Read More: Cardinals, draft pick compensation, felipe lopez, mlb draft

Joe Maddon on The Big Show: Why Manny Ramirez will fit with the Rays, and why Boston will ‘dig’ Carl Crawford

02.01.11 at 5:31 pm ET
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Rays manager Joe Maddon was a guest of The Big Show on Tuesday, the same day a press conference was held in St. Petersburg introducing Manny Ramirez and Johnny Damon as the newest members of Maddon’s squad.

Maddon was asked about the idea that the addition of Ramirez, now 38 and coming off a career-low 90 games in 2010, could present challenges for a manager.

“My hair is already white. If he could turn it brown, I would be appreciative,” Maddon said.

“I had dinner with him last night, as you know he’s actually a very ingratiating fellow. … We had a good conversation, I explained to him about the Rays and how we do things here and he just continued to repeat the mantra that at 7 o’clock he’s going to play hard and compete. And he said that to me several times. So I think he’s at the point where he feels like he has something to prove. He’s lost some weight, he’s in great shape, he’s been working out with Evan Longoria and some other fellows. It was great to see them [Ramirez and Damon] together, it was a lot of fun.”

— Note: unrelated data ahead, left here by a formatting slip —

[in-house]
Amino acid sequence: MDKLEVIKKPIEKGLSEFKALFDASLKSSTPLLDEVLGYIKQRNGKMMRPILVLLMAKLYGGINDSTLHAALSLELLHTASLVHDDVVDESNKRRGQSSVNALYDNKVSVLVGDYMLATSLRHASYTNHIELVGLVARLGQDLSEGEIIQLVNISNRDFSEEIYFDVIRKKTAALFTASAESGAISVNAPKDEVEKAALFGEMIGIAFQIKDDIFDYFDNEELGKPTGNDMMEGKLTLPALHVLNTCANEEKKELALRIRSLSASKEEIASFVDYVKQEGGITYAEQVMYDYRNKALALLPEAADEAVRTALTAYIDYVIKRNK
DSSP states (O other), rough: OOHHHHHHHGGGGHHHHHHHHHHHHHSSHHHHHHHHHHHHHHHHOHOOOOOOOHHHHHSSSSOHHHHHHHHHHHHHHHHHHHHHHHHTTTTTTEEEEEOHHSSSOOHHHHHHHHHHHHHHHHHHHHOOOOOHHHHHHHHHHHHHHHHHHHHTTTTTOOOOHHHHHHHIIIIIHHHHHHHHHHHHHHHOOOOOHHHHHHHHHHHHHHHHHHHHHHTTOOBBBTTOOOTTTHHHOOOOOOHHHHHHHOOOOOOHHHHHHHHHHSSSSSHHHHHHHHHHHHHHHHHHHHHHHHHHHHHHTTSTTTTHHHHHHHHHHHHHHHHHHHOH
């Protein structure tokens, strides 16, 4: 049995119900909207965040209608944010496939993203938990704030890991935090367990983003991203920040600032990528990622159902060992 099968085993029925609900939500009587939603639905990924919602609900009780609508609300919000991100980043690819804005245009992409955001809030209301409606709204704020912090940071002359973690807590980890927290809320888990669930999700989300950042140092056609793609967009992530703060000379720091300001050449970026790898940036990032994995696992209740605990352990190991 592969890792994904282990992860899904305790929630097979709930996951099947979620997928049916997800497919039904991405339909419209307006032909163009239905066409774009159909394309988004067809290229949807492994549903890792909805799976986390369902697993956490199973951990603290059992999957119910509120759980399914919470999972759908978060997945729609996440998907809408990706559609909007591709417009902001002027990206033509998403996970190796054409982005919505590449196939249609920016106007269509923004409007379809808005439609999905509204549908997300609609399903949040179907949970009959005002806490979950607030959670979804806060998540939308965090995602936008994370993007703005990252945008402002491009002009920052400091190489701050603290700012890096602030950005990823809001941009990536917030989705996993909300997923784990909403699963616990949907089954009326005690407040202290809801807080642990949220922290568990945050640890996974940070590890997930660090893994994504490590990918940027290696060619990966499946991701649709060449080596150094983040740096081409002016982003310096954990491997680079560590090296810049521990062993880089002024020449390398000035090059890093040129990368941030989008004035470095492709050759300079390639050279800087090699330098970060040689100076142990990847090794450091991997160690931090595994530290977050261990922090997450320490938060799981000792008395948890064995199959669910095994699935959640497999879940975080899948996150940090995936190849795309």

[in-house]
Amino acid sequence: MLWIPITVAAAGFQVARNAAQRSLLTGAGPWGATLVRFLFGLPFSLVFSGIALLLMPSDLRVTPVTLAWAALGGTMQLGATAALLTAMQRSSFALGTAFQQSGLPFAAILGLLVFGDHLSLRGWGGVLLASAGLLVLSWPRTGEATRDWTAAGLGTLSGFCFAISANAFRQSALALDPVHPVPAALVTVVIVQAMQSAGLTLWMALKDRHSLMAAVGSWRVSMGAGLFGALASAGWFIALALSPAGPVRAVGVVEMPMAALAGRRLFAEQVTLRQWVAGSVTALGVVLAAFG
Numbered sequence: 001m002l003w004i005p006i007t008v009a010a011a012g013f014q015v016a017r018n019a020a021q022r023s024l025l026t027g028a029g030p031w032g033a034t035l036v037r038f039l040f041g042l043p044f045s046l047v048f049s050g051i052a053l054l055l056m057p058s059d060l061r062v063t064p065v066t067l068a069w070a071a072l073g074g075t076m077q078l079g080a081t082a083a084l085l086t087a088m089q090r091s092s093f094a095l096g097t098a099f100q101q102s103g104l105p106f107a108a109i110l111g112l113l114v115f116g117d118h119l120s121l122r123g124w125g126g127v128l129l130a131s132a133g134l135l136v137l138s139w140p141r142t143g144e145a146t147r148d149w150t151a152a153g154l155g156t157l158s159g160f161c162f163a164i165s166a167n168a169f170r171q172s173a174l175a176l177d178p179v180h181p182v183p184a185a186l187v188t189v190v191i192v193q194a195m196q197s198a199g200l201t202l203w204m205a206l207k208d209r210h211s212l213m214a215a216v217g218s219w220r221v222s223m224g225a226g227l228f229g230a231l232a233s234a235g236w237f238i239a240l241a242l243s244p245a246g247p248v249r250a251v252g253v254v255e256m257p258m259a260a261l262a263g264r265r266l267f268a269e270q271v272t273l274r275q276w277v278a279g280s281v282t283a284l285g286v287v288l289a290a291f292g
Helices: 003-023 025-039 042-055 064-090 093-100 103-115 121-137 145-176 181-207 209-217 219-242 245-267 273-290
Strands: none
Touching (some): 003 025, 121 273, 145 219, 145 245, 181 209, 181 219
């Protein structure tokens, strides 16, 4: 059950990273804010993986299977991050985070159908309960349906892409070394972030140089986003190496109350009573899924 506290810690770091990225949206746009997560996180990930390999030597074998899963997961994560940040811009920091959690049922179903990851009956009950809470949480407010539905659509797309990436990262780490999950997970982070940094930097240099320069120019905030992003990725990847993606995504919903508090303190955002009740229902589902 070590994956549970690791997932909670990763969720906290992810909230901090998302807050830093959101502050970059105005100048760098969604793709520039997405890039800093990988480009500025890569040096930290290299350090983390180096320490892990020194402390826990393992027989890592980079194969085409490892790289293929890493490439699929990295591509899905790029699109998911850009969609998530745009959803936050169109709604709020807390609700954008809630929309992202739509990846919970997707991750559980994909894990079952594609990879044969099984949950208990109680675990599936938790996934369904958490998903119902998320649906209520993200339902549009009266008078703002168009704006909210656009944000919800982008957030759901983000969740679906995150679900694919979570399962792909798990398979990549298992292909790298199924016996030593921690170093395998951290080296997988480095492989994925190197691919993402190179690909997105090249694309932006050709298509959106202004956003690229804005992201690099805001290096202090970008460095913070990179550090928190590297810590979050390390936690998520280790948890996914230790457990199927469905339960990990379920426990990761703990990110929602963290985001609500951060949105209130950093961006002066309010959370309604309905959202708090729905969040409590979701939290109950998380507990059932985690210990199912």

Maddon managed Carl Crawford for five seasons in Tampa Bay. He said on Tuesday that he wished Crawford was returning to the Rays in 2011, instead of joining an AL East rival in Boston. The 2008 AL Manager of the Year had nothing but praise when asked about his former player. Read the rest of this entry »

Read More: adrian gonzalez, carl crawford, Joe Maddon, Johnny Damon